Pillar Of Support Leadership

AUDIO: How to Be a Pillar Of Support

by Greg Yates | Breakthrough Leadership

I‘m looking out on my back deck this morning. The sun is barely starting to illuminate things. I love this time of day but this morning, I just feel exposed. I don’t know how else to say it.

Generally, I feel strong. But when it’s quiet…sometimes the voices in my head do their thing. I don’t know how I am going to meet the expectations being placed on me today and the month seems to be flying by. I can’t keep up. I’m not meeting my goals and it feels like panic.

This portion of the deck is covered which creates a nice sitting area. Each of the corners has three big white pillars that look very stately and strong. Looking at them it suddenly occurred to me that only the one in the middle is actually real. The others are just cosmetic. Suddenly, I wondered if it’s obvious that I’m just a shell.   

The Core Strength

Sometimes, I feel weak. Sometimes, I feel empty. I don’t feel like I could support anything important.

What do you do when you feel weak? Is it an anomaly or is it the truth?

Aren’t we supposed to be strong? Aren’t we supposed to be dependable?

Camouflaging ourselves as pillars of strength is ridiculous. Only when the pillar reaches deep into the earth does it actually support anything.   

Our lives are false facades unless at the center is the power of the living Christ. We can look the part but we don’t support the weight. The post in the center of that cosmetic pillar could support the roof all by itself. We wrap it with a cosmetic shell, but the shell really supports nothing.

That’s the way it is with our lives. We’re all show and no go. If there is strength to support the weight of our circumstances, the needs of others or the leadership we are called to, it will come through Christ at the center of our lives. He can support it all by himself, but he chooses to wrap himself in flesh; even in us.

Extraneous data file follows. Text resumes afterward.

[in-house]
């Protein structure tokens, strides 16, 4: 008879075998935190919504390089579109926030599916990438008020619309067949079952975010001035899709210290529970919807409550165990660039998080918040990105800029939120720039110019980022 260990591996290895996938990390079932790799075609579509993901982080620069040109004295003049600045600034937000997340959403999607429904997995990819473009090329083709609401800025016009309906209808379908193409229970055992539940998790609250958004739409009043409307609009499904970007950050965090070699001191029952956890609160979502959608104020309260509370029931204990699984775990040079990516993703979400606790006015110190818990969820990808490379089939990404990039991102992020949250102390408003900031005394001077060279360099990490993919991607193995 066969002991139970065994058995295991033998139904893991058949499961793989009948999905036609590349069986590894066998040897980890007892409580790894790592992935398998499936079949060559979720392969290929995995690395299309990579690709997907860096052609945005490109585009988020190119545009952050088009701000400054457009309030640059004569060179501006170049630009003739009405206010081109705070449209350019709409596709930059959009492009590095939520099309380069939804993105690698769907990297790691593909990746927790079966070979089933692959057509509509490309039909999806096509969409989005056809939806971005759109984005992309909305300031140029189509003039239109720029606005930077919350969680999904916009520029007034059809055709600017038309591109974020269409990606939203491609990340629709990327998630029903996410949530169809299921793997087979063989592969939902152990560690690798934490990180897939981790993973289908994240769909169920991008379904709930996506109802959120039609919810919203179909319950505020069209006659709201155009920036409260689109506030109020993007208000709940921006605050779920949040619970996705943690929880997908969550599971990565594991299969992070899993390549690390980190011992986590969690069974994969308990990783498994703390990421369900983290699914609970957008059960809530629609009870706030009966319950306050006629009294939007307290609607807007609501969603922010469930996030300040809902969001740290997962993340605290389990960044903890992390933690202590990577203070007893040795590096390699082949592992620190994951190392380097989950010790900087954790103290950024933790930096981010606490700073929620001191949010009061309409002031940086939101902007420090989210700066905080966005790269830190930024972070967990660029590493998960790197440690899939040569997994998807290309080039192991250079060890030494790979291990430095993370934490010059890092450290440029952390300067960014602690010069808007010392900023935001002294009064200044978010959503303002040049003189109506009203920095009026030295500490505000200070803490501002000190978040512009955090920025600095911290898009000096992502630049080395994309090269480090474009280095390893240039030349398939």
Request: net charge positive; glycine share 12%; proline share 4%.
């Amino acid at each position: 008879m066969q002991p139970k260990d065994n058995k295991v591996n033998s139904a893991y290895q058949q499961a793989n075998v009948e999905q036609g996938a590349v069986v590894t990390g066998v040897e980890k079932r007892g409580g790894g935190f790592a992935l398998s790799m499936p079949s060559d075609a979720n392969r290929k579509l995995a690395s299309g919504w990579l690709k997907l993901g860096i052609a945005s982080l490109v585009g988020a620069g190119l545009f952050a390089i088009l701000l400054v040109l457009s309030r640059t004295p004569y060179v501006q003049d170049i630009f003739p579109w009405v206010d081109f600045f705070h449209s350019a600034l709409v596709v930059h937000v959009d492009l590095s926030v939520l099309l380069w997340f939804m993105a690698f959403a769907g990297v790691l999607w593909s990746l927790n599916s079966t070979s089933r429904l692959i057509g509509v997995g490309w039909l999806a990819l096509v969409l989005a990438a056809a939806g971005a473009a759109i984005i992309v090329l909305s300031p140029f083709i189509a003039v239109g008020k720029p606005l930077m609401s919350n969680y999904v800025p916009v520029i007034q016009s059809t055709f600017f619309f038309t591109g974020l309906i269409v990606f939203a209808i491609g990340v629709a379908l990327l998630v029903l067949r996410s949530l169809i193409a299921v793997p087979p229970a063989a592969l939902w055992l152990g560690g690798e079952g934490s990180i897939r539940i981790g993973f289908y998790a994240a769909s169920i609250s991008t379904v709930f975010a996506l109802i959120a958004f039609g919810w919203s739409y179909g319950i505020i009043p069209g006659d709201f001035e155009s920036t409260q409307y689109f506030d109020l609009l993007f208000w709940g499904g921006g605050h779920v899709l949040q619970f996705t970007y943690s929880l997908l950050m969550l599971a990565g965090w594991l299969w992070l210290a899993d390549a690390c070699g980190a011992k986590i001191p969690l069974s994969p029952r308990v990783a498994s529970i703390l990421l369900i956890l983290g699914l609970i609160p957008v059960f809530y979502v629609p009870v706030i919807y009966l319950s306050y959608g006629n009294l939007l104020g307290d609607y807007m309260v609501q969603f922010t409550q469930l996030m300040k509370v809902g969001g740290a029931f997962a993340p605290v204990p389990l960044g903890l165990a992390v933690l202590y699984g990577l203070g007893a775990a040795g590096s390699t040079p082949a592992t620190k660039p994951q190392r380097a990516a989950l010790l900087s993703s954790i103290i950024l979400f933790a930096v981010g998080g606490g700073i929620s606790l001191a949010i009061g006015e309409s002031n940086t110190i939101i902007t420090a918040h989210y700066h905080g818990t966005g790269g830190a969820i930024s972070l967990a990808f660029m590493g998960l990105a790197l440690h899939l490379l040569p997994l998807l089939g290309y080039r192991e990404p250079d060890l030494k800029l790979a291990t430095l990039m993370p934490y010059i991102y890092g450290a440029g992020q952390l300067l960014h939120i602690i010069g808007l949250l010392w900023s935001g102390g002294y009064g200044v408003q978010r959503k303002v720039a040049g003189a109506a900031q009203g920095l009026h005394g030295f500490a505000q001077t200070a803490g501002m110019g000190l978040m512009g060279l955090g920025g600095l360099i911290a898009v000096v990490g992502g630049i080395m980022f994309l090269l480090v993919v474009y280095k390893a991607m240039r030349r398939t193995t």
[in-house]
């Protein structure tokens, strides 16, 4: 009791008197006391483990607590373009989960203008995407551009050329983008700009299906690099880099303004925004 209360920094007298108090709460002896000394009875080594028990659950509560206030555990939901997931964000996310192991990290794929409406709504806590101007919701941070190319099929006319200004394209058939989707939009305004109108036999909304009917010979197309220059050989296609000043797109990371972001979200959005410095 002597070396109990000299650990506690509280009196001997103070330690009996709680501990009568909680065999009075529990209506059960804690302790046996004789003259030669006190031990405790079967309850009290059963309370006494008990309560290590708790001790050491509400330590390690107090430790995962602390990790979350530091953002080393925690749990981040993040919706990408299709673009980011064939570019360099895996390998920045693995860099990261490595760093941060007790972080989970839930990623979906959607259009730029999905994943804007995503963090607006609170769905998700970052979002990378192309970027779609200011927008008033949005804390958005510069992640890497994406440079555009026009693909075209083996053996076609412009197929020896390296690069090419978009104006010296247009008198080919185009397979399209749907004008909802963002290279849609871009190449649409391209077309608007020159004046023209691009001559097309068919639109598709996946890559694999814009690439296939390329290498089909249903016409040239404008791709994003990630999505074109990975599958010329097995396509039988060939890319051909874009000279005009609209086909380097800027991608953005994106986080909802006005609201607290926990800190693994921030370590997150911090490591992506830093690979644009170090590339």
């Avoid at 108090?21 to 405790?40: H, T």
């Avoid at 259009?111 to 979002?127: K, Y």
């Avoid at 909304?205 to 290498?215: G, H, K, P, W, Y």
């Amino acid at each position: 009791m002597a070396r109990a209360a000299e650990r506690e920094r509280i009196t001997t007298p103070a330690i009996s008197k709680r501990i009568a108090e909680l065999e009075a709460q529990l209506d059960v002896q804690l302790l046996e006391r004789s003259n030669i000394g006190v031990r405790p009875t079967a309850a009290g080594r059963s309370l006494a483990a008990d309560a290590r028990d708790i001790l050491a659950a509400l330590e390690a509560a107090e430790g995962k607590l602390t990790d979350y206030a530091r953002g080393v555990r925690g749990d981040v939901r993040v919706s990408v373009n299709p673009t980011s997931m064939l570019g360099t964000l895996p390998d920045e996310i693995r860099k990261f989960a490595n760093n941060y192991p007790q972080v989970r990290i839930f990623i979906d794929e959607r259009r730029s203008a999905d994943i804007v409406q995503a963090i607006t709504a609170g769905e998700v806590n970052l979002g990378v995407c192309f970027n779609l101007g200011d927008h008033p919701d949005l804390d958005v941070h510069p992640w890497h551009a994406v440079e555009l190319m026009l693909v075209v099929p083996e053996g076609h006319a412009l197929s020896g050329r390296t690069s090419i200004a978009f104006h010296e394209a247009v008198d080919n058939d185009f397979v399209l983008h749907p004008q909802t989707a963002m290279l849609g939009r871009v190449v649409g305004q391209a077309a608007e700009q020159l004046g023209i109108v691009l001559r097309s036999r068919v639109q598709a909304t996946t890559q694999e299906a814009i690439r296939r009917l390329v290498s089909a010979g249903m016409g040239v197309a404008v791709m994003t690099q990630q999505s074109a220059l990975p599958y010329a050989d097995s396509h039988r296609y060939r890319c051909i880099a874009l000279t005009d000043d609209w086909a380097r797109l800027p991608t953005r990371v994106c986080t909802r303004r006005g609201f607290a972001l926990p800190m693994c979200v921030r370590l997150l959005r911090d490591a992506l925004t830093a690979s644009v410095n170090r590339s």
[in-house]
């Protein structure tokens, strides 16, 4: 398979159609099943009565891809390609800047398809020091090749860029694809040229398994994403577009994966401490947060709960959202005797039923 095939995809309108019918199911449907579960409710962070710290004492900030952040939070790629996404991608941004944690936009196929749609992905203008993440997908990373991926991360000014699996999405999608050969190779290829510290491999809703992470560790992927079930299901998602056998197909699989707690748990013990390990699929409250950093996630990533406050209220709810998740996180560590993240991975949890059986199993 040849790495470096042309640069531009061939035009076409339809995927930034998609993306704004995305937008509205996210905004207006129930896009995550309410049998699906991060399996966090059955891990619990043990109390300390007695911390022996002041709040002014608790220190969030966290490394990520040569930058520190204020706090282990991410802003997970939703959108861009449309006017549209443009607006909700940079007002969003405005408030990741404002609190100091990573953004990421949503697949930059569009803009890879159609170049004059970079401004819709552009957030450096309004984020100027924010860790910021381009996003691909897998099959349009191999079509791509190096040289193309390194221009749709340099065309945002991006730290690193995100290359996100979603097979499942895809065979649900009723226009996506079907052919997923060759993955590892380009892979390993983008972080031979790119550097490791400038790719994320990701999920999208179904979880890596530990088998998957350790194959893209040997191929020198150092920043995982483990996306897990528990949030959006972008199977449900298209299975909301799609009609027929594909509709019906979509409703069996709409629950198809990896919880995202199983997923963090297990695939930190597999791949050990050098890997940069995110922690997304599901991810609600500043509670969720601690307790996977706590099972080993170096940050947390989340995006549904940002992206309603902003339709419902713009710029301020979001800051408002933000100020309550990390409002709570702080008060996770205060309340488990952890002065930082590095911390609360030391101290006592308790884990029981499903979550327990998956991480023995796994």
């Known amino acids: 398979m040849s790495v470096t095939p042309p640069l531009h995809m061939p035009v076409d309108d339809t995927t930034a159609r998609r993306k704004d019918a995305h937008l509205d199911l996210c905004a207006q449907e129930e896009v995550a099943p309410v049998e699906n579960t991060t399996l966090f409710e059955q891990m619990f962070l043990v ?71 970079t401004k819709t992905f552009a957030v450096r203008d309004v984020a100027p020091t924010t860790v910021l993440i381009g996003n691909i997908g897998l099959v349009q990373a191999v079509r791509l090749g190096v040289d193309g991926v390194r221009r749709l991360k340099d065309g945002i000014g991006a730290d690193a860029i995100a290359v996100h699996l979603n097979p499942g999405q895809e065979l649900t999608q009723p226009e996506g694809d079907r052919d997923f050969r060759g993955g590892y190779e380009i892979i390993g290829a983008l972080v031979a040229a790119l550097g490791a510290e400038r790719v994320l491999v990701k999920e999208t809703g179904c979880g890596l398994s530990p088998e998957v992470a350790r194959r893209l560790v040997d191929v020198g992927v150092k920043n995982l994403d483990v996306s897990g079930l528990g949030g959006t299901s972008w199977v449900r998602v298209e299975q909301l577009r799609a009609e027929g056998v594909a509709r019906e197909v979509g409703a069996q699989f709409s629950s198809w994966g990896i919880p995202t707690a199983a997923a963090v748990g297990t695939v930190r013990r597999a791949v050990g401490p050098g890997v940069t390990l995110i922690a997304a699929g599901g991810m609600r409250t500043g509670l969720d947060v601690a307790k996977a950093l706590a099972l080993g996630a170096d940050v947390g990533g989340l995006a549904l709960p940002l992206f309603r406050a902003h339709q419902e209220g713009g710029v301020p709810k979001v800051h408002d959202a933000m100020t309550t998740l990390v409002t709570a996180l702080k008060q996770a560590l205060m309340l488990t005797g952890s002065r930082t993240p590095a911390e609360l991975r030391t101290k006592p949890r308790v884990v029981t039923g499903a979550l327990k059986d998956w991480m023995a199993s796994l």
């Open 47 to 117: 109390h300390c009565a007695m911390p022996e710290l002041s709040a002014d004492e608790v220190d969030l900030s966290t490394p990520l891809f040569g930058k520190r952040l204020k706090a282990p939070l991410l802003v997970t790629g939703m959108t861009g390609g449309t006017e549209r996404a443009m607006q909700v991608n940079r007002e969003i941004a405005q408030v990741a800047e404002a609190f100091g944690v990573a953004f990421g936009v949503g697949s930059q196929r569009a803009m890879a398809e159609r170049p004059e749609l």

Colossians comes to mind.

“To them God willed to make known what are the riches of the glory of this mystery among the Gentiles; which is Christ in you, the hope of glory.”

(Colossians 1:27 – NKJV)

Trusting In His Strength

Everyone faces this realization at some point. We don’t have any strength. We are empty shells.   When we start believing that we can go it alone, we can support the weight, we’re headed for breakdown.  

We were designed to be vessels, filled with the immovable strength of God.   

”But we have this treasure in jars of Clay to show that this all-surpassing power is from God and not from us. We are hard pressed on every side, but not crushed; perplexed, but not in despair; persecuted, but not abandoned; struck down, but not destroyed.”

(2 Corinthians 4:7-9 – NIV)

Sometimes, I get this dumb idea that I’m supposed to be strong enough. I get carried away by what God is doing in my life and I forget that He is the one who is doing it. I brace myself for the load and I anticipate it in anxiety or even fear.

Do you feel weak today? Do you find it difficult to trust the strength of Christ within you if you don’t feel strong on the outside?

Today, I’m going to make some hard decisions.

The first one is to accept the Truth. I’m a hollow pillar even though I appear to be supporting the framework of my life and business. I’m going to relax and trust this all surpassing power from God.

What about you?

Add your comments to the conversation: Have you lost sight of how He is working within your life? Take a moment to reflect on God’s blessings today. Are you placing your trust in His strength? Post your reply below.

About Greg

Greg Yates has been a Chicago area businessman for over 30 years. He’s the author of the book, "Broken - How Being Broken Unlocked The Greatest Success of My Life". He has simultaneously owned 14 different businesses in a variety of industries; including real estate, manufacturing, payroll, and technology. Greg has also been an investor and a board member. He attended Olivet Nazarene University. He has a passion for flying. He’s had a pilot’s license for over 30 years and owned a variety of airplanes. Greg and his wife Vicki have been married over 37 years. They have a son, a daughter and seven grandchildren.

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